How Long does Walking Pneumonia Last and How to Treat It?

How Long does Walking Pneumonia Last and How to Treat It?

Walking pneumonia is an informal term for pneumonia that is not severe enough to require hospitalization or bedrest. Most patients with this have atypical pneumonia, such as Chlamydia pneumoniae. People describe a cough, chills, and aches, but can continue their daily activities. Around 2 million people each year develop walking pneumonia in the United States.

 

Causes of Walking Pneumonia

The most common cause of walking pneumonia is Mycoplasma pneumoniae, which can grow and live in the throat, nose, windpipe, and lungs. The bacteria do not have rigid cell walls, and the organisms can change their size and shape depending on their environment. The term atypical is derived from a mycoplasma pneumonia because the bacteria are resistant to penicillin and other antimicrobial agents.

Another microorganism that causes walking pneumonia is Chlamydia pneumoniae. This type of illness is spread through person-to-person contact when someone sneezes or coughs. School-age children are at the highest risk for this infection. Legionella pneumonia live in the environment and often grow in water. People with this disease acquire the illness when they inhale water mist or vapor containing the bacteria.

 

Treatment for Walking Pneumonia

Atypical pneumonia is caused by a bacterial infection of the upper and/or lower respiratory tract. Some people with this condition have mild symptoms, but will feel tired and have a cough. If your doctor suspects walking pneumonia, he/she will order a chest x-ray, which is the standard of care for diagnosing pneumonia. The doctor will also perform a physical examination and take a medical history.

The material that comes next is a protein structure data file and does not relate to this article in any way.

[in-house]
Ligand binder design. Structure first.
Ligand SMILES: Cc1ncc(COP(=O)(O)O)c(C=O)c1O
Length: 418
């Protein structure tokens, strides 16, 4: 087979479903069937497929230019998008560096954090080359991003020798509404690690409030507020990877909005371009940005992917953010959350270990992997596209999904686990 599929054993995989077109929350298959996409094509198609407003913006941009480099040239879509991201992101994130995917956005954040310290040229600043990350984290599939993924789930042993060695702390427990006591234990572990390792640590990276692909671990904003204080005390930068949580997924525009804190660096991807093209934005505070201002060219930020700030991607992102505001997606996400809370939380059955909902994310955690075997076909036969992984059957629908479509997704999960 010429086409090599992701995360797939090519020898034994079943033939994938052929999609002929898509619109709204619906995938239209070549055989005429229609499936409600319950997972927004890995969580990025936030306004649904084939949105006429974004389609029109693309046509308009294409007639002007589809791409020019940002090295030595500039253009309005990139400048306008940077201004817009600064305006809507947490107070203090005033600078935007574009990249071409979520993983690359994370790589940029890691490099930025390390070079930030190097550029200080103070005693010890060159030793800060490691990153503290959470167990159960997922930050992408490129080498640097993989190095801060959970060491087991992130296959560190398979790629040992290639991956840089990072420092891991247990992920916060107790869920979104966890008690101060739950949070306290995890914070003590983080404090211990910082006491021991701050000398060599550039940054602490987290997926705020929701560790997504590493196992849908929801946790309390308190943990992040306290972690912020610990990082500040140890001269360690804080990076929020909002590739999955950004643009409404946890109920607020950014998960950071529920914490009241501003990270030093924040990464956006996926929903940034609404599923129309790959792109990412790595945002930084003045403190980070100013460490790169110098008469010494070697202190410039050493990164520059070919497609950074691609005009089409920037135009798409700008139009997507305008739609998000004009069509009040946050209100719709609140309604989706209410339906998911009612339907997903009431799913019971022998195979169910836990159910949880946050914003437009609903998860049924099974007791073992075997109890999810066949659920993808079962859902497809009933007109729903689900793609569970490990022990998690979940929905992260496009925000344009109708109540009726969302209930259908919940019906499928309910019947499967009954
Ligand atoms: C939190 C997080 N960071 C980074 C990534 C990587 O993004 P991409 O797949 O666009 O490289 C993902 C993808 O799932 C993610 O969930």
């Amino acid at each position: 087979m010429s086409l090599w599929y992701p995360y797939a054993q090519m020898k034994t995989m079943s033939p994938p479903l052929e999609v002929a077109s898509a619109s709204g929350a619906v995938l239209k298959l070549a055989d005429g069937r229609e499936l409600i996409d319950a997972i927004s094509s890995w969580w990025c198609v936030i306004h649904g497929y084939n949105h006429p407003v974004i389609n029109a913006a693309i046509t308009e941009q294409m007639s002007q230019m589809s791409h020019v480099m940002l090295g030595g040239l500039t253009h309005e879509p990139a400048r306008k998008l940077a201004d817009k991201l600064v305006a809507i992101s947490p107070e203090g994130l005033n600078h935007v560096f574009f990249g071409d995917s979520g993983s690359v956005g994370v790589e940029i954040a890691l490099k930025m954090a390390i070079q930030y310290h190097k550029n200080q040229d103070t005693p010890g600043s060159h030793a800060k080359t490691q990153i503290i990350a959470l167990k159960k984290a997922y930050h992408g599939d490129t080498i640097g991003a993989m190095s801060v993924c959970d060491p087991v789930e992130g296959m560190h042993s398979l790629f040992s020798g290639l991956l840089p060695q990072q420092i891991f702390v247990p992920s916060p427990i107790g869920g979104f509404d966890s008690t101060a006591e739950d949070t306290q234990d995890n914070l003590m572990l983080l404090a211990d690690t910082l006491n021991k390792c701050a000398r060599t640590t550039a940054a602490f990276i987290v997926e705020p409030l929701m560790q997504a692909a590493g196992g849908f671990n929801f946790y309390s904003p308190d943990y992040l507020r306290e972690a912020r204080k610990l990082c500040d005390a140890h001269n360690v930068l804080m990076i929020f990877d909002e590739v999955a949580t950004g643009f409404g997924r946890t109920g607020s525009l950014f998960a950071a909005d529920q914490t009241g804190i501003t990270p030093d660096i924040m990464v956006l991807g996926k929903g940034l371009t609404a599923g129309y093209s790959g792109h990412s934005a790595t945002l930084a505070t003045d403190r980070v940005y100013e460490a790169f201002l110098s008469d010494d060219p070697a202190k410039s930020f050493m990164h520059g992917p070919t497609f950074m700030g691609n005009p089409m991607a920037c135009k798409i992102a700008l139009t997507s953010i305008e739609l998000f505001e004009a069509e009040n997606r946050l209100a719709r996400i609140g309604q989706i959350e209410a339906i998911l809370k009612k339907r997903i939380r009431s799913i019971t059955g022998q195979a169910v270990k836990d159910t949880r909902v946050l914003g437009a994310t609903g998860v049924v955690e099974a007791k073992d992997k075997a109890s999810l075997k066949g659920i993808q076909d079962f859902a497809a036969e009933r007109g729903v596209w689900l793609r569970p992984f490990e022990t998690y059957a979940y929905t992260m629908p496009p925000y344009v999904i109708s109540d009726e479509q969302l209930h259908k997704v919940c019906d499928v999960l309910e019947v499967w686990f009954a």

The onset of walking pneumonia is gradual, with an incubation period of 1-4 weeks after exposure. During the later stages of the illness, symptoms worsen, and fever becomes higher. Coughing may yield discolored sputum also. The treatment for atypical pneumonia is a cycline antibiotic, such as doxycycline, or a macrolide antibiotic, such as azithromycin.

 

Walking Pneumonia Recovery Time

Walking pneumonia is often caused by a type of bacterium that produces milder symptoms that come on more gradually than do those of other types of pneumonia. The illness often is brought home by young children who contract it at school. Family members of infected children typically begin having symptoms two or three weeks later. This kind of pneumonia can be treated with antibiotics. Recovery time is usually 5-10 days, but maybe longer.

Over the past decade, some strains of mycoplasma have become resistant to macrolides due to the widespread use of azithromycin to treat infections. People with Legionnaires disease often require hospitalization, and complete recovery may take up to 4 months. During recovery, the doctor will advise you to take your medication, rest, drink clear fluids, and eat healthily.

 

Homecare for Walking Pneumonia

Once you see a healthcare provider, home treatment is important for your pneumonia recovery. The following measures will help you recover and avoid any complications. These include:

  • Get plenty of rest, so the body’s immune system can recharge
  • Drink plenty of fluids to prevent/rectify dehydration
  • Frequent coughing and deep breathing, to get oxygen to the lower lungs and remove secretions
  • Take over-the-counter fever reducers (avoid aspirin in persons 20 and younger)
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